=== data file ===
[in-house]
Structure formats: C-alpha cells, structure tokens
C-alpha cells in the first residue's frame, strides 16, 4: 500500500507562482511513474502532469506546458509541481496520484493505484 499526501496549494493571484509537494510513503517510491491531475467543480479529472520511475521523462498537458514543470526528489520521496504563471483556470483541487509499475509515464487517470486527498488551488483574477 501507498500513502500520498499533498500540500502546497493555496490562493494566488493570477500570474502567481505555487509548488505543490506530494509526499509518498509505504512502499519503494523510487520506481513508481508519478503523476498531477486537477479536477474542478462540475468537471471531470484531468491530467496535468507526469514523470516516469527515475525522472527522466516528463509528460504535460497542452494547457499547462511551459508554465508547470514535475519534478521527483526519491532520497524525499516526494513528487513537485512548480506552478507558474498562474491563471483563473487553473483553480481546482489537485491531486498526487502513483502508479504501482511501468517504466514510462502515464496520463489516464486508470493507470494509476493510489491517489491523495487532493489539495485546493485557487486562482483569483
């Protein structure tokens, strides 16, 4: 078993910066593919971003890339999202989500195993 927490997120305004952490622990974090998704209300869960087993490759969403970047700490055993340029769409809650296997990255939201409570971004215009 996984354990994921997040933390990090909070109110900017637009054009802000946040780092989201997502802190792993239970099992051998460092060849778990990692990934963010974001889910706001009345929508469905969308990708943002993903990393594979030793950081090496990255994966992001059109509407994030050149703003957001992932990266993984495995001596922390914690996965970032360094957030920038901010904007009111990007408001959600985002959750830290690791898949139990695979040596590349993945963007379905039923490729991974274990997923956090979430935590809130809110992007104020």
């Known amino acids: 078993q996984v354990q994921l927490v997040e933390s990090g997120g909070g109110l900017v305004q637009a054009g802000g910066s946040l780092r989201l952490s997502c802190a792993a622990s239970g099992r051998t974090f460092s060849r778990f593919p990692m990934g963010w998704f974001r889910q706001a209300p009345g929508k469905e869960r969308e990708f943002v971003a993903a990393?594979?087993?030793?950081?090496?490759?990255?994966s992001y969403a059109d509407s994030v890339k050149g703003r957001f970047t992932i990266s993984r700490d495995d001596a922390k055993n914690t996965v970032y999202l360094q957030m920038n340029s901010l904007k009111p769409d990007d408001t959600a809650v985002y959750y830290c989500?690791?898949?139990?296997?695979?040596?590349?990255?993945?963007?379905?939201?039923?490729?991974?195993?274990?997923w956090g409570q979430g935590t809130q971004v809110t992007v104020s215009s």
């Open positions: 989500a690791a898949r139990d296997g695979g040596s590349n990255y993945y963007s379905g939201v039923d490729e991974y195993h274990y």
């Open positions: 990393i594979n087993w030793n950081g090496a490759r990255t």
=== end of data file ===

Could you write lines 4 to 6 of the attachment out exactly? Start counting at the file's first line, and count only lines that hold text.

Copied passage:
């Protein structure tokens, strides 16, 4: 078993910066593919971003890339999202989500195993 927490997120305004952490622990974090998704209300869960087993490759969403970047700490055993340029769409809650296997990255939201409570971004215009 996984354990994921997040933390990090909070109110900017637009054009802000946040780092989201997502802190792993239970099992051998460092060849778990990692990934963010974001889910706001009345929508469905969308990708943002993903990393594979030793950081090496990255994966992001059109509407994030050149703003957001992932990266993984495995001596922390914690996965970032360094957030920038901010904007009111990007408001959600985002959750830290690791898949139990695979040596590349993945963007379905039923490729991974274990997923956090979430935590809130809110992007104020």
């Known amino acids: 078993q996984v354990q994921l927490v997040e933390s990090g997120g909070g109110l900017v305004q637009a054009g802000g910066s946040l780092r989201l952490s997502c802190a792993a622990s239970g099992r051998t974090f460092s060849r778990f593919p990692m990934g963010w998704f974001r889910q706001a209300p009345g929508k469905e869960r969308e990708f943002v971003a993903a990393?594979?087993?030793?950081?090496?490759?990255?994966s992001y969403a059109d509407s994030v890339k050149g703003r957001f970047t992932i990266s993984r700490d495995d001596a922390k055993n914690t996965v970032y999202l360094q957030m920038n340029s901010l904007k009111p769409d990007d408001t959600a809650v985002y959750y830290c989500?690791?898949?139990?296997?695979?040596?590349?990255?993945?963007?379905?939201?039923?490729?991974?195993?274990?997923w956090g409570q979430g935590t809130q971004v809110t992007v104020s215009s």
């Open positions: 989500a690791a898949r139990d296997g695979g040596s590349n990255y993945y963007s379905g939201v039923d490729e991974y195993h274990y």